Studies on the drivers of household consumer engagement in various food waste reduction strategies have been limited. We thus address this gap by developing a research model that utilises two well-known theories, namely, the Theory of Interpersonal Behaviour (TIB) and the Comprehensive Model of Environmental Psychology (CMEP), to explain food waste reduction behaviour in household consumers. The model hypothesises positive associations between emotional, social, and cognitive factors and food waste reduction behaviour, as conceptualised using the 3Rs (reuse, reduce, and recycle). A total of 515 U.S. household consumers participated in the cross-sectional survey. The results suggest that emotional (anticipated guilt), social (sense of community), and cognitive factors (awareness about consequences and environmental knowledge) were positively associated with food waste reduction behaviour. However, the study results did not support the association between a sense of community and reuse intentions. Moreover, anticipated guilt and awareness of consequences were significant drivers of the reuse and reduce food waste behaviours, respectively. The age of the study participants also had a significant controlling influence on the reduce intentions. The study findings have significant implications for governments, policymakers, marketers, and academics that are interested in developing strategies to mitigate the impact of food waste.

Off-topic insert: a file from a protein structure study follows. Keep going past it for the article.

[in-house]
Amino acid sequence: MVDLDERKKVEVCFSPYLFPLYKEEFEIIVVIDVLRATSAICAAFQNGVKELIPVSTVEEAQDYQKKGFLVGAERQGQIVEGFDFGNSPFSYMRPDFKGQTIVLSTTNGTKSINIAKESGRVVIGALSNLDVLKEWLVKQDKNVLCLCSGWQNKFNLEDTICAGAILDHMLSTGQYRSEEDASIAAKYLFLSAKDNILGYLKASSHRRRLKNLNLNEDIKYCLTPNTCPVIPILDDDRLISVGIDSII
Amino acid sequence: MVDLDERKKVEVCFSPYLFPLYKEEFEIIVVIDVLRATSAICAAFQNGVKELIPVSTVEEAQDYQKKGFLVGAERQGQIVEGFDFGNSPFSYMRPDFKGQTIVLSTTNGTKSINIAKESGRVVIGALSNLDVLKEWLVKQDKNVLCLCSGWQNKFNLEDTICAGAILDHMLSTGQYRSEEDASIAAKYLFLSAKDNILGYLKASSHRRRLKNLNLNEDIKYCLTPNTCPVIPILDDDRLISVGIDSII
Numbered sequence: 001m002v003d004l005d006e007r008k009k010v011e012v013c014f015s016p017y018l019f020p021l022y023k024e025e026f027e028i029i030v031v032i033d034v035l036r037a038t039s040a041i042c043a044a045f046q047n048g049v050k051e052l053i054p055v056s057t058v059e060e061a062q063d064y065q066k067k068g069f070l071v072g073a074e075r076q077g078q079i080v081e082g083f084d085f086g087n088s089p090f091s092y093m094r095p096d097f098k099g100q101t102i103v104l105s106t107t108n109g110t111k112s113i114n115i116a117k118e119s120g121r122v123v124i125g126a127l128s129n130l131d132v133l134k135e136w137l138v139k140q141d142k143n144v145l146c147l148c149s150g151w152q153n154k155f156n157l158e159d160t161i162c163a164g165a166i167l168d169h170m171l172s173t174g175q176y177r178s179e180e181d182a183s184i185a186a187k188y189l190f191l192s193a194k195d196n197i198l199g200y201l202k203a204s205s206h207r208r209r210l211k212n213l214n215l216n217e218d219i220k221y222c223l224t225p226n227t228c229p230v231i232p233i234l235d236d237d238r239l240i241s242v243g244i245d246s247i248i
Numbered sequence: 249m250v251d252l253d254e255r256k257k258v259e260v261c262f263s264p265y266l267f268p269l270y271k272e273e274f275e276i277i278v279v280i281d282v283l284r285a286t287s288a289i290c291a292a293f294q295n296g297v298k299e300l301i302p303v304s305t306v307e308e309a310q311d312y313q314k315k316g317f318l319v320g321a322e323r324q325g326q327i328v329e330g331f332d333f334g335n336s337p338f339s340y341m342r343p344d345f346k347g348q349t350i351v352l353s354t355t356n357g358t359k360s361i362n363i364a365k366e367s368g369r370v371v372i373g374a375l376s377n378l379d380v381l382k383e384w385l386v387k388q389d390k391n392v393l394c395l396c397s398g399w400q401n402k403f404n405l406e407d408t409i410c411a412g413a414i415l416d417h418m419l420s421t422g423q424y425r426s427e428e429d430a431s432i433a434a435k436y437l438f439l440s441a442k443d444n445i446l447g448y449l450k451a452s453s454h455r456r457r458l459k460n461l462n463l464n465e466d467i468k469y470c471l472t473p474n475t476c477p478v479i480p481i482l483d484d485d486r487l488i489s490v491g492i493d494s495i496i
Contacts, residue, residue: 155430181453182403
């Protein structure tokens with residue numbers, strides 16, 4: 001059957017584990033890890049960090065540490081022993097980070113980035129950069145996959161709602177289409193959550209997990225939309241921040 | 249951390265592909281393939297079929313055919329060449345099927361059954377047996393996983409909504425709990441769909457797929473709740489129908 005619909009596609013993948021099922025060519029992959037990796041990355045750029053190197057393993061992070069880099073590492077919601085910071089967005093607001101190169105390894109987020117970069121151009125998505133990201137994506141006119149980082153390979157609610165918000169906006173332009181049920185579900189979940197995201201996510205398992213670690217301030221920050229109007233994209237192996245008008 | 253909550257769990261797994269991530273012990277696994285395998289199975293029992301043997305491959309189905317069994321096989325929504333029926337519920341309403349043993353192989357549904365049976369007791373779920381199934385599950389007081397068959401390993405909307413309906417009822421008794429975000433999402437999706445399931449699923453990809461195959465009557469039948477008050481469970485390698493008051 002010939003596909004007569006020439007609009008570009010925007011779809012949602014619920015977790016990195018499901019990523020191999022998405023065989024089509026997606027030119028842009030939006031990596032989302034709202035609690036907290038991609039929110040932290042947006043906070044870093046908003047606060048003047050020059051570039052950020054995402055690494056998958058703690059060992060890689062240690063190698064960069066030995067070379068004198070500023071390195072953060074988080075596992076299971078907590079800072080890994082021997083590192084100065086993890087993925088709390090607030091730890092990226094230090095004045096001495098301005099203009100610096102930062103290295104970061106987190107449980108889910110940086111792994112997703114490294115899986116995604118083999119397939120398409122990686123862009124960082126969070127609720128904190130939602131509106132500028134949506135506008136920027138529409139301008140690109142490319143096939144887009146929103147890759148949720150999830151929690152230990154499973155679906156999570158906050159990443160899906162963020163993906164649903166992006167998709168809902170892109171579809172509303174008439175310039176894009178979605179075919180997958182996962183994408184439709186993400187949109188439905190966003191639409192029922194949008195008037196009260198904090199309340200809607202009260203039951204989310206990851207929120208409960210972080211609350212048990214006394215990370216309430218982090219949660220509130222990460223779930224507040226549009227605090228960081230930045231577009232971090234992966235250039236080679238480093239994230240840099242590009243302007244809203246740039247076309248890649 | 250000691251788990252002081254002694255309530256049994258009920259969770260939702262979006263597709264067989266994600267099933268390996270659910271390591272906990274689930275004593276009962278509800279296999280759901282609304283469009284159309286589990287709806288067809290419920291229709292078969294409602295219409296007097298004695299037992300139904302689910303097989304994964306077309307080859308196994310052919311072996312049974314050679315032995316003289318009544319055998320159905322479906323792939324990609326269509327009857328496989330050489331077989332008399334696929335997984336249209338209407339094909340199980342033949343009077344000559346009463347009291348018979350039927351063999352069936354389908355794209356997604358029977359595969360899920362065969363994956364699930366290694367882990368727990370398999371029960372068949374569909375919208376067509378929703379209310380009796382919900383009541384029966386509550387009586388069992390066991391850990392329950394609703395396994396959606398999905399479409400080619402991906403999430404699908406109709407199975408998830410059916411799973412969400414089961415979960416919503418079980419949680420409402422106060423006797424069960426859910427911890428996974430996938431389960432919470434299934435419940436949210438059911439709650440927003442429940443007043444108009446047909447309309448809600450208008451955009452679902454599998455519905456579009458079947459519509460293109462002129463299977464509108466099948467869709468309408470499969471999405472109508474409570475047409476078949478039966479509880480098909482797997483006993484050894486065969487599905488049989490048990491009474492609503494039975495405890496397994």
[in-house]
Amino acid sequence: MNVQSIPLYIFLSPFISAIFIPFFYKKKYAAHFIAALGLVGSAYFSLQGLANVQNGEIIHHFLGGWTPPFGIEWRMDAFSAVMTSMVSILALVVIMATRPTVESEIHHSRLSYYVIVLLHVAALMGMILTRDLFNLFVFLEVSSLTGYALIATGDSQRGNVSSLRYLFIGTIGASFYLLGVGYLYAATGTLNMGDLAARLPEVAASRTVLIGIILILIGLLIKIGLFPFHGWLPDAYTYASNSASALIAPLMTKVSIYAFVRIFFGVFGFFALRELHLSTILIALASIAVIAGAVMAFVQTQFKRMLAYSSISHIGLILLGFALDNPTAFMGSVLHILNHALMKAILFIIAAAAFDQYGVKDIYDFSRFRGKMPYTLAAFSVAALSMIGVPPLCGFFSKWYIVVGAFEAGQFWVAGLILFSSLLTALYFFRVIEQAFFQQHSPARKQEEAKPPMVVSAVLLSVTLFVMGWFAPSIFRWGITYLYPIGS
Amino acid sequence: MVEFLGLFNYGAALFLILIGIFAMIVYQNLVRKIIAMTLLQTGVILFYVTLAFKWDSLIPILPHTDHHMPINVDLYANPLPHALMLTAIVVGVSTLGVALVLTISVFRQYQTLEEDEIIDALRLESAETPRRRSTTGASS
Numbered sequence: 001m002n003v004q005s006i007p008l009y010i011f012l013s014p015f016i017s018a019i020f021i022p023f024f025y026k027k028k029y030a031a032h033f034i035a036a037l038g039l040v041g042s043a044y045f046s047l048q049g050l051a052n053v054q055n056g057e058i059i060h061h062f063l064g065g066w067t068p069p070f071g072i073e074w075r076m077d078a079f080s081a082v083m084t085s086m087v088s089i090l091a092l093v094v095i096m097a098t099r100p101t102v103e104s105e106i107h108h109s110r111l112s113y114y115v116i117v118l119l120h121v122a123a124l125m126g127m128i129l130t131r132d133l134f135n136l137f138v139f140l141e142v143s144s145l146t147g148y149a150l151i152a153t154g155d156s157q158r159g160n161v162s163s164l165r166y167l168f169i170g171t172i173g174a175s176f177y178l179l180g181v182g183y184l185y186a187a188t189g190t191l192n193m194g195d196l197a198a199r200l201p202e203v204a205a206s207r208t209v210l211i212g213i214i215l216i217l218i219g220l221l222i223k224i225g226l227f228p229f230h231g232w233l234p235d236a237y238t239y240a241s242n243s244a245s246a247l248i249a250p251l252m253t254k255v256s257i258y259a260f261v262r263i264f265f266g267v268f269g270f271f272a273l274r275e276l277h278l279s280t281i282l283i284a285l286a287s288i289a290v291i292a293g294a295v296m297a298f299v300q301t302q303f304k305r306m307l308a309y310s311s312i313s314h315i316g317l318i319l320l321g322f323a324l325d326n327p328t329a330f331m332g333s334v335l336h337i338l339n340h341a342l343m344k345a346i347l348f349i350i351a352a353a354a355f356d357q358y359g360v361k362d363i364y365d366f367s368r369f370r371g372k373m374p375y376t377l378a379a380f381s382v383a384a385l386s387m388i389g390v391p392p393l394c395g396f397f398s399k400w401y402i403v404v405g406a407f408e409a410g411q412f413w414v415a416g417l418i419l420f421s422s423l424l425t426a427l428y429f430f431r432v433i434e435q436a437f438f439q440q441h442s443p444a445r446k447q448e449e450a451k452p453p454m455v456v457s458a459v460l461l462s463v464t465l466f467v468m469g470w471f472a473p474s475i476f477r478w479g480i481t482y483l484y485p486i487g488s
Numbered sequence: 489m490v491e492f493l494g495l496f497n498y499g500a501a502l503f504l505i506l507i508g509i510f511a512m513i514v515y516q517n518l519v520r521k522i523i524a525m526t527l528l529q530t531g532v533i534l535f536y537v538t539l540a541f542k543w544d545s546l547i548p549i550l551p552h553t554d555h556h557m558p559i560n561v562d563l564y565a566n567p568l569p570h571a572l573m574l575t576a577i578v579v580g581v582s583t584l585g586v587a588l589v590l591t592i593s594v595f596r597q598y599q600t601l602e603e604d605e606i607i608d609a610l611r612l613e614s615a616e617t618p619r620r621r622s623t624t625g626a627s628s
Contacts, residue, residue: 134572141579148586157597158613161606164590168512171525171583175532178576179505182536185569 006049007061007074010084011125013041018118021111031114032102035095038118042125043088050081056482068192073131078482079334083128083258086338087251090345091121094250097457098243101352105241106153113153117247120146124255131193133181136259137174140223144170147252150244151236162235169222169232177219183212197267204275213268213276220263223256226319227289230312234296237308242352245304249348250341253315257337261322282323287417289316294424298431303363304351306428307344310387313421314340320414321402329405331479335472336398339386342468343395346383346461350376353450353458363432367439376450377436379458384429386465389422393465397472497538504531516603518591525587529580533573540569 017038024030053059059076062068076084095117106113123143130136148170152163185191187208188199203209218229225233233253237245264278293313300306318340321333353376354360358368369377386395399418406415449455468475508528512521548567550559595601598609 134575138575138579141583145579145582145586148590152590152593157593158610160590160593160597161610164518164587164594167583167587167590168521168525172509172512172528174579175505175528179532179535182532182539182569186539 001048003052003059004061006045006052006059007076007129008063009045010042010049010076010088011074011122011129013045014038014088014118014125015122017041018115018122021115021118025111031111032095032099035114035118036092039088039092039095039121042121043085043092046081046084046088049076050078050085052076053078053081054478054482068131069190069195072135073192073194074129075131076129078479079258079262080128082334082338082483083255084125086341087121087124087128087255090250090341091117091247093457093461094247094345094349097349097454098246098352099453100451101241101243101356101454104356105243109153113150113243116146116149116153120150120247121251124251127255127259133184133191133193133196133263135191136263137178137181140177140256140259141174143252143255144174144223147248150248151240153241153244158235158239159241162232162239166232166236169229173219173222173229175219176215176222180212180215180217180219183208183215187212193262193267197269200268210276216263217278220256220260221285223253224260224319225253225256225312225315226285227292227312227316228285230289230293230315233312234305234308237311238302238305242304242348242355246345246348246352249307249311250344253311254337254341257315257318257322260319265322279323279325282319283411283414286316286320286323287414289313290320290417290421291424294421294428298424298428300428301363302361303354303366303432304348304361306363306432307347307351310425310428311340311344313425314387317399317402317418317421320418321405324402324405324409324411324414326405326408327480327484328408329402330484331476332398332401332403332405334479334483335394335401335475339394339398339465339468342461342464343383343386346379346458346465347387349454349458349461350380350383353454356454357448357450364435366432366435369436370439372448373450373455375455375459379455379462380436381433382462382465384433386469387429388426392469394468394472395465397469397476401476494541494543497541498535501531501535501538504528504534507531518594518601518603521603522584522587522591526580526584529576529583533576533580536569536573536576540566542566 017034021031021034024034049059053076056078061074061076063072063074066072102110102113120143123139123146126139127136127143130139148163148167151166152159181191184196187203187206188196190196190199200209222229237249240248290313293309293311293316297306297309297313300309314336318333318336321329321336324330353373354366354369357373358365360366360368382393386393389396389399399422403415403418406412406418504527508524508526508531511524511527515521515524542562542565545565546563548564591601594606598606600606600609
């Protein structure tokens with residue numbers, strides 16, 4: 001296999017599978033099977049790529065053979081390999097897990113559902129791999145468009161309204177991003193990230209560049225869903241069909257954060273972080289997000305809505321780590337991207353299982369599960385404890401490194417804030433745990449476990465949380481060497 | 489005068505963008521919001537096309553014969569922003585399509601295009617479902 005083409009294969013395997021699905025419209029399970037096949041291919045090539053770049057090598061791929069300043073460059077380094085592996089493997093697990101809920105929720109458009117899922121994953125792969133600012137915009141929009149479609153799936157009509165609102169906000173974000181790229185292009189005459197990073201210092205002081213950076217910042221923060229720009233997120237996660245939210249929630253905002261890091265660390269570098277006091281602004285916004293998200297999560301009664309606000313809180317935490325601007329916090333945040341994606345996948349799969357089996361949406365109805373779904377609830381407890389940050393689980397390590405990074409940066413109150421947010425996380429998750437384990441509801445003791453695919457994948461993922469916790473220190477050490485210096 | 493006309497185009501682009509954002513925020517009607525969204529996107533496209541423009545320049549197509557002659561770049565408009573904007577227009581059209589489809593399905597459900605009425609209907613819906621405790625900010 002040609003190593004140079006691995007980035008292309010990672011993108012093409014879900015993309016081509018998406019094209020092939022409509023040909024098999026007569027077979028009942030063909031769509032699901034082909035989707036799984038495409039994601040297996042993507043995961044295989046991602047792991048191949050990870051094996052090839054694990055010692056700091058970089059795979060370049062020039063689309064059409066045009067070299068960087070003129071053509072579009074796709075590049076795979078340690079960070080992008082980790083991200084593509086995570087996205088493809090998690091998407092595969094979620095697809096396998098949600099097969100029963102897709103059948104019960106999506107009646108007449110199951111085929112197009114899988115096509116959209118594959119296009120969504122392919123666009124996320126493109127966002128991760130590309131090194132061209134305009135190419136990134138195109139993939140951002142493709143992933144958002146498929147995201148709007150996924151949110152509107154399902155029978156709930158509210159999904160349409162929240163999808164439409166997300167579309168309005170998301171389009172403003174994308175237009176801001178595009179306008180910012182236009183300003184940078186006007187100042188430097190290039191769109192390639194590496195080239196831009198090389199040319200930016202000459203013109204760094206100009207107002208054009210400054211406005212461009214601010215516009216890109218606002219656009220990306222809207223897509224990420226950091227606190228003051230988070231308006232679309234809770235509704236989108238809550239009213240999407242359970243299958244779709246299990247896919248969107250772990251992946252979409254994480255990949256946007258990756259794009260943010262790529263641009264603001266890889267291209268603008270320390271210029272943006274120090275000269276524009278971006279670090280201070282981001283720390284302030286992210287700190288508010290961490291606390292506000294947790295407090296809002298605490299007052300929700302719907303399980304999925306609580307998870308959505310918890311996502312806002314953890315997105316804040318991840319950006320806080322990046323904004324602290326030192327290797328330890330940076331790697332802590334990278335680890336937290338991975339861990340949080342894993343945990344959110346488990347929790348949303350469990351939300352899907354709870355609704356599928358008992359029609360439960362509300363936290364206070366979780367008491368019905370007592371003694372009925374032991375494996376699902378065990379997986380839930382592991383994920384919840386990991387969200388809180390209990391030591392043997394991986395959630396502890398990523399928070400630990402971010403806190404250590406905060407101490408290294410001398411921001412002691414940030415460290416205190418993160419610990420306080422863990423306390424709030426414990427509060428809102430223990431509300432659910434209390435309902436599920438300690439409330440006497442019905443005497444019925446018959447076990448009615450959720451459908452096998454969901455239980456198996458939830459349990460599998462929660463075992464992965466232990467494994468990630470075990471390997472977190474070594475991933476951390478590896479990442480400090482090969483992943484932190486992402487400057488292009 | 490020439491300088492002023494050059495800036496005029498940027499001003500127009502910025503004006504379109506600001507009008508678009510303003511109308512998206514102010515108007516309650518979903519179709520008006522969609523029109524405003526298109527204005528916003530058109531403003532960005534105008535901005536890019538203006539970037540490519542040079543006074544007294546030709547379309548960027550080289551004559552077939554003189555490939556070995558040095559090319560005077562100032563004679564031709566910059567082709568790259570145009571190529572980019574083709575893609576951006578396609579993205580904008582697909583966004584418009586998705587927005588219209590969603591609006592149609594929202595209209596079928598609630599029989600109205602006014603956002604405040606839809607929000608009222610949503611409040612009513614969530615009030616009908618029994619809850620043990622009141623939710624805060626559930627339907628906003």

Food Quality and Preference, Volume 94, December 2021,